Friday, April 27, 2007

Unholy Triumvirate: TextMate, MacPorts and Ruby

After switching back from a Ubuntu laptop to my MacBook Pro I was once again getting back to using TextMate to do some development and systems scripting. The combination of ruby and RubyGems have been a little bit rocky on OS X.

In part it was due to the default install of ruby on OS X, me using Fink for package management and then later switching from that to MacPorts.

Apple (and I presumably) suck cvyrf.

The problem I ran into was that after installing ruby and rb-rubygem via the ports system, TextMate no longer seems too interested in compiling ruby scripts when I hit CMD-R and provides me with a lovely:
"No such file to load ” rubygems
Checking Google the first listing I get is this.

It did not provide me with an applicable solution but got me thinking ... Either I have some environment variables that are not being set (or set incorrectly) or my library paths are screwy somehow.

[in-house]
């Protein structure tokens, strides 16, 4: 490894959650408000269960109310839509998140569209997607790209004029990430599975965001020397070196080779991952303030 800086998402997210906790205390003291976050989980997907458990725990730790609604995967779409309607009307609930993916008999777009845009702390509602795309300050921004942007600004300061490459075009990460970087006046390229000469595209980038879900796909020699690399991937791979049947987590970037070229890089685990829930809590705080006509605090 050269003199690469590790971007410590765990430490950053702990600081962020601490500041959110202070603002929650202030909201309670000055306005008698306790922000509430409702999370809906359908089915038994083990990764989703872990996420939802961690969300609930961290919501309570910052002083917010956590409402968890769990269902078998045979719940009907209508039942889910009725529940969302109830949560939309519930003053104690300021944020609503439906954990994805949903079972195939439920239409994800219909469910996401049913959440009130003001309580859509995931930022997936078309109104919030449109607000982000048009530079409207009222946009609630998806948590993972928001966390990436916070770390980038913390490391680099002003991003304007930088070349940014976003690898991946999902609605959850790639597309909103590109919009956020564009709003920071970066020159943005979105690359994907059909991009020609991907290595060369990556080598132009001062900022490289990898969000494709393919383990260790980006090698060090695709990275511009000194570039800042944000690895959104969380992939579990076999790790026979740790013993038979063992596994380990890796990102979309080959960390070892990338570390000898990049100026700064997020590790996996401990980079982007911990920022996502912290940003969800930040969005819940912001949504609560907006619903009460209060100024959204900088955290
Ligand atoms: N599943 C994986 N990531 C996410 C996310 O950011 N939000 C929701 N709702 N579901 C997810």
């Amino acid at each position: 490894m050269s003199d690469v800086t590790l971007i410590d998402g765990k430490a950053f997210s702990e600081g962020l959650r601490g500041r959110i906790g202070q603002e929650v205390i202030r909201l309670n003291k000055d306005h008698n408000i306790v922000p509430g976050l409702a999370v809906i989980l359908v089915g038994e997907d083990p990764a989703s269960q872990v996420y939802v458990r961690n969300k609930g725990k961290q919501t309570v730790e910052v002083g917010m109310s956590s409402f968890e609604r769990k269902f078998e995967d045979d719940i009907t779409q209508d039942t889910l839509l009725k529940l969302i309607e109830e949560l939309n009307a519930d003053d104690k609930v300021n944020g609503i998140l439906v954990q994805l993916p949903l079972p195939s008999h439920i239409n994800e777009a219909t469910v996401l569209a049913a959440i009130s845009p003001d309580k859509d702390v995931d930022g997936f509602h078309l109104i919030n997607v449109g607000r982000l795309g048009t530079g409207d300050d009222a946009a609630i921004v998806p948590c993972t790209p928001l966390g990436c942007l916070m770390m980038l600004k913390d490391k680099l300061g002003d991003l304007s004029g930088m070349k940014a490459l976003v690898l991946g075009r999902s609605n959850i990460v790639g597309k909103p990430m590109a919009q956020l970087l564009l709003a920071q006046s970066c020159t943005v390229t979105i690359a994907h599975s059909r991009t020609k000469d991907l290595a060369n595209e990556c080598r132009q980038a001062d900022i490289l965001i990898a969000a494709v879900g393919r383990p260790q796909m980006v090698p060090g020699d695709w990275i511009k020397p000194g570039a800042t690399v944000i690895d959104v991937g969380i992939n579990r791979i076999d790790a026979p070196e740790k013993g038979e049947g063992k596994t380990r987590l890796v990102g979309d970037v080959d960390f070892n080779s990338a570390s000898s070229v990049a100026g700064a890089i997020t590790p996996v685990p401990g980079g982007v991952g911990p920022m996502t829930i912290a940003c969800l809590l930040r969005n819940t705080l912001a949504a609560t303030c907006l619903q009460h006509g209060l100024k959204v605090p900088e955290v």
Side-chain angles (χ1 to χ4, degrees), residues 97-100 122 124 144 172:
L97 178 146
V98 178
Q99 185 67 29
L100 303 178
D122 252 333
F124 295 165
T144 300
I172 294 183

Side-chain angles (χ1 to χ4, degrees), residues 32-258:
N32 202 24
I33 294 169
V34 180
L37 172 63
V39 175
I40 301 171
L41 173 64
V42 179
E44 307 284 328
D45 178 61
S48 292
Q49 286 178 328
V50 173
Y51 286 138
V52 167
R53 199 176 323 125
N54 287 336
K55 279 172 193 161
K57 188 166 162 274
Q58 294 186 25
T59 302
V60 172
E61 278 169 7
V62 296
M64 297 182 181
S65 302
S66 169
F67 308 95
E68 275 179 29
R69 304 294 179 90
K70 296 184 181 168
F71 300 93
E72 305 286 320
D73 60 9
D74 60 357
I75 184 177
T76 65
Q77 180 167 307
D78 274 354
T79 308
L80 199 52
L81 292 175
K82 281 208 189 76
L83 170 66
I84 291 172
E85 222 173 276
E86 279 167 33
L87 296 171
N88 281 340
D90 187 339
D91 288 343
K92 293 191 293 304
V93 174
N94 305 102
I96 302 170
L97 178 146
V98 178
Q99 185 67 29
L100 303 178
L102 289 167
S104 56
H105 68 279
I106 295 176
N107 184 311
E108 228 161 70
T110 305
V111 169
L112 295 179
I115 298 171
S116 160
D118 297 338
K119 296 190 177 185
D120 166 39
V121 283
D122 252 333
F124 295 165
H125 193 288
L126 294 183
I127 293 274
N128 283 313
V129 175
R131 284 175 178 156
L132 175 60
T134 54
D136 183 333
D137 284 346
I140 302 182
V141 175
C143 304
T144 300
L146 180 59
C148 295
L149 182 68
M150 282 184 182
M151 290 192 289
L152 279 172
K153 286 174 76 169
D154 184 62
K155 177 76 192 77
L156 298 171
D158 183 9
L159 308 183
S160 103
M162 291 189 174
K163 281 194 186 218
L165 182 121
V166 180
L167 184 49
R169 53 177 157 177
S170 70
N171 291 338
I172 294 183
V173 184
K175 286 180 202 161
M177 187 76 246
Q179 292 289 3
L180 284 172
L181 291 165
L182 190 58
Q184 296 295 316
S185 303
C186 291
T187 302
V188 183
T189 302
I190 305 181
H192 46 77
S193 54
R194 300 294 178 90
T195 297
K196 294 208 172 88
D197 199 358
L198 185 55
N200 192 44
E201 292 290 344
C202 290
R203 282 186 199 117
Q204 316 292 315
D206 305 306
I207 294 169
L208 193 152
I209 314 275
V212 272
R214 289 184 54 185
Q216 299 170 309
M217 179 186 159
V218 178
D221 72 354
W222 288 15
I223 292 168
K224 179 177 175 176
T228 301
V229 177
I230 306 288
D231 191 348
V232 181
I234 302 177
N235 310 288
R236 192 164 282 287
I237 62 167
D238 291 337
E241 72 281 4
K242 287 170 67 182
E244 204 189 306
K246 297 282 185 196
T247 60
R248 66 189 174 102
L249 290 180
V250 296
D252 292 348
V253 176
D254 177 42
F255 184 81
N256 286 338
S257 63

An easy way to confirm the former is to check if your shell environment also suffers from the same malady:
$ ruby -r rubygems -e "p 1"

Not the problem then. Next step, let's pull out find and off a hunting we go:
$ sudo find / -name ruby -type f
/opt/local/bin/ruby /opt/local/var/db/dports/software/ruby/1.8.6_0/opt/local/bin/ruby /usr/bin/ruby
Let's see if there is some disparity between the ruby binary in /opt/local/bin and /usr/bin:
$ /usr/bin/ruby -v
ruby 1.8.2 (2004-12-25) [universal-darwin8.0]
$ /opt/local/bin/ruby -v
ruby 1.8.6 (2007-03-13 patchlevel 0) [i686-darwin8.9.1]

Well, what do you know. The version in /usr/bin is older and also looks for its libs in a non /opt location which means that it won't pick up the good work port has done for me. I moved /usr/bin/ruby to /tmp and added a soft link for /opt/local/bin/ruby to /usr/bin.

Running my script in TextMate now works like a charm!

1 comment:

smd said...

Thanks a million for the symbolic link tip. Now TextMate can find Gtk2 (and I can make a GUI window)!

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I love solving real-world problems with code and systems (web apps, distributed systems and all the bits and pieces in-between).